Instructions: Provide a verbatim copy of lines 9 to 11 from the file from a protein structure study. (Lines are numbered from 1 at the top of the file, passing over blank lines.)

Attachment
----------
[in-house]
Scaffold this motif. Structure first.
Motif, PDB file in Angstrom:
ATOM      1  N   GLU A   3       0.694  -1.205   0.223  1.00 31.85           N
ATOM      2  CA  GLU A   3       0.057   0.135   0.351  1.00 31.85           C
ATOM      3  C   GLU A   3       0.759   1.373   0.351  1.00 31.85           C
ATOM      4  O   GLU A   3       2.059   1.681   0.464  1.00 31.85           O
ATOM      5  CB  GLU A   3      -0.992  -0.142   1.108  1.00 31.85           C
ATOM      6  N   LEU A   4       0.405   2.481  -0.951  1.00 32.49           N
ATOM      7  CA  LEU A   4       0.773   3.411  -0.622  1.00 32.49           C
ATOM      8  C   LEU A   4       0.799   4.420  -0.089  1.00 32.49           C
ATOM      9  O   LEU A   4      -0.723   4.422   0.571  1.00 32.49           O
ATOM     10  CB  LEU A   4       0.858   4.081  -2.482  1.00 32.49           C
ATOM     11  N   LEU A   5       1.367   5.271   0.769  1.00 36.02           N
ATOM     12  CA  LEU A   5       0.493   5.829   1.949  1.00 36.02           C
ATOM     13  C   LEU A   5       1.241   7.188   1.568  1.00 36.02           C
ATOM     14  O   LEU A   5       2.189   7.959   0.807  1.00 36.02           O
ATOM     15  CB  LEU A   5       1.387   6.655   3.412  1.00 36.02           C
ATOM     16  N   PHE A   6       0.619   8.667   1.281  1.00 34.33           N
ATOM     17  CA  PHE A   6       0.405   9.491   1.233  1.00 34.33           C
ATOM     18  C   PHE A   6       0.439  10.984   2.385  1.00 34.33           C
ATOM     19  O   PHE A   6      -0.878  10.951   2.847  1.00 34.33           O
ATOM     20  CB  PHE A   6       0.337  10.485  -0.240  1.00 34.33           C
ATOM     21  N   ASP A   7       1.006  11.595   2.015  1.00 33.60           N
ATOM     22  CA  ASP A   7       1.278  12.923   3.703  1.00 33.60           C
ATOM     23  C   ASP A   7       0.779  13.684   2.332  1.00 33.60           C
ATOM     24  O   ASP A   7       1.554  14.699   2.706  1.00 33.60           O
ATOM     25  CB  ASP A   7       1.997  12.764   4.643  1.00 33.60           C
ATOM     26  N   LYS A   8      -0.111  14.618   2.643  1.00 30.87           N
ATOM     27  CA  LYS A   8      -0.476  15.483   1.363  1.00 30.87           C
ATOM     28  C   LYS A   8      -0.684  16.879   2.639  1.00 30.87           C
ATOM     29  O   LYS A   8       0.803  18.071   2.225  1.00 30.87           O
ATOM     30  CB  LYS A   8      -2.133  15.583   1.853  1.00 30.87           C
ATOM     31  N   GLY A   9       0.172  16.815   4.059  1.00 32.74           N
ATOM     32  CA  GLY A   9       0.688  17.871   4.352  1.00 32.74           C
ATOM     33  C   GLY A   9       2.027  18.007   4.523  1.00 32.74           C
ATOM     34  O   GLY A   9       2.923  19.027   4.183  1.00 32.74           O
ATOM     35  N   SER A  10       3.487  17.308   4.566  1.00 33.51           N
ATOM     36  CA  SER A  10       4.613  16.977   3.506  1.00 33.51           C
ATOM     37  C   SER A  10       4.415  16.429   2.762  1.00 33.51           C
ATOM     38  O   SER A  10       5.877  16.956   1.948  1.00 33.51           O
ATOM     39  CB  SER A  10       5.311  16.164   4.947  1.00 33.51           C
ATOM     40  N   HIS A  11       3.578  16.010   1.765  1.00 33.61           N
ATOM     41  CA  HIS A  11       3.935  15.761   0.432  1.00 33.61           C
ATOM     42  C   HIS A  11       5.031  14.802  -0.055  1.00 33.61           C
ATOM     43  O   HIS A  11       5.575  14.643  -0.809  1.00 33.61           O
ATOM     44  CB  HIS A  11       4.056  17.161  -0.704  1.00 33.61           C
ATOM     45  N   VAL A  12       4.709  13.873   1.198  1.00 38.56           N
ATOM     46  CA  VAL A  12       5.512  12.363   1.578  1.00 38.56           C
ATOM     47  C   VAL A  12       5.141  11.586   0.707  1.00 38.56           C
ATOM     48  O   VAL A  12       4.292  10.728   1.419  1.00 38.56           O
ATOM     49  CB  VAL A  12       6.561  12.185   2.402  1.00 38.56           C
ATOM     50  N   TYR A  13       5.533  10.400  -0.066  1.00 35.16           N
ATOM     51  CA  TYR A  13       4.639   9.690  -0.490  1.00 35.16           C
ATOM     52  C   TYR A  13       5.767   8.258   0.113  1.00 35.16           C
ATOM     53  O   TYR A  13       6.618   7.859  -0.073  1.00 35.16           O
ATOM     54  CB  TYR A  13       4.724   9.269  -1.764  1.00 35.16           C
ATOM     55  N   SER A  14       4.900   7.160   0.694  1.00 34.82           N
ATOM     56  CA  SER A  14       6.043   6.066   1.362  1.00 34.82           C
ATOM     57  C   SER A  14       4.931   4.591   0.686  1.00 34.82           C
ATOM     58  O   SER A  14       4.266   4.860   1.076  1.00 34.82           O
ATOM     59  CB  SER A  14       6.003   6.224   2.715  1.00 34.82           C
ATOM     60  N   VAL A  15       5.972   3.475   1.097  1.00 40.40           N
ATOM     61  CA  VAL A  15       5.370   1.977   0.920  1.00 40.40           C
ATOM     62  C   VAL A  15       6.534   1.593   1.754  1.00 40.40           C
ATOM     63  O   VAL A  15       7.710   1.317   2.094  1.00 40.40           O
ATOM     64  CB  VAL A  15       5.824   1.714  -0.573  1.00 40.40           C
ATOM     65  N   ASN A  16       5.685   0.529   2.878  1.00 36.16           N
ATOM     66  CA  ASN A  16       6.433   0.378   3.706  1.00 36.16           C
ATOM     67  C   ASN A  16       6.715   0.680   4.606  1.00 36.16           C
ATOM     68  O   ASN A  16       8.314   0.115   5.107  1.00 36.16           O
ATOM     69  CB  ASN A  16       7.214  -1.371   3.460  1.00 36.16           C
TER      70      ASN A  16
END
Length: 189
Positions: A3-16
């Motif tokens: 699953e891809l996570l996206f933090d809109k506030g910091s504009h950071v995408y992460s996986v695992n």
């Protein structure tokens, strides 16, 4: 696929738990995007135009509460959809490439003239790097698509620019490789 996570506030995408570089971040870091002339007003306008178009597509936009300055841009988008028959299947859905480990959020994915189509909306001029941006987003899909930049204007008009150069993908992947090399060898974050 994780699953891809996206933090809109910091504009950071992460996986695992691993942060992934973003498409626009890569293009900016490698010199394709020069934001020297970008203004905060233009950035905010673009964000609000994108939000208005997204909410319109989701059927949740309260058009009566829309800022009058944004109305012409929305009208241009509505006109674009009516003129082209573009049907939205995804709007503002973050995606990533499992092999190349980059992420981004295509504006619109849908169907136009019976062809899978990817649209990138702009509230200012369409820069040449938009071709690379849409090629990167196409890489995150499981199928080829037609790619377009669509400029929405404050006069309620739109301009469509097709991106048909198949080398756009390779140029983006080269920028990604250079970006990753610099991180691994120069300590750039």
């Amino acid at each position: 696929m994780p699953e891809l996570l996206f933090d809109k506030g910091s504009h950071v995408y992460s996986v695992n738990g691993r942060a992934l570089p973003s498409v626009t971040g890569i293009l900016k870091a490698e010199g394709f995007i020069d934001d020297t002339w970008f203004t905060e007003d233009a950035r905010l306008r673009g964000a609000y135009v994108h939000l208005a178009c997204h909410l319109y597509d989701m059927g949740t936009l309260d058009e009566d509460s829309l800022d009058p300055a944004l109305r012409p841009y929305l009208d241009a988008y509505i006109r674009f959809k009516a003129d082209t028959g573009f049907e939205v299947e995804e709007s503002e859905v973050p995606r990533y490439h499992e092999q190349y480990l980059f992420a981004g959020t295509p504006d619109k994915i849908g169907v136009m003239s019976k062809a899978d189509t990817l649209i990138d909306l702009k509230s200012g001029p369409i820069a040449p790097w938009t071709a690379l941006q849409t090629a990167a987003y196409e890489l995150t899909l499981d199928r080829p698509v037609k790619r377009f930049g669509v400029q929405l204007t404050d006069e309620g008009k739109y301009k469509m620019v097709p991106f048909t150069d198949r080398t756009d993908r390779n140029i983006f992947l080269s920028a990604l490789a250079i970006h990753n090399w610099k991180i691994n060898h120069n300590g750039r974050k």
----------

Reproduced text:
ATOM      6  N   LEU A   4       0.405   2.481  -0.951  1.00 32.49           N
ATOM      7  CA  LEU A   4       0.773   3.411  -0.622  1.00 32.49           C
ATOM      8  C   LEU A   4       0.799   4.420  -0.089  1.00 32.49           C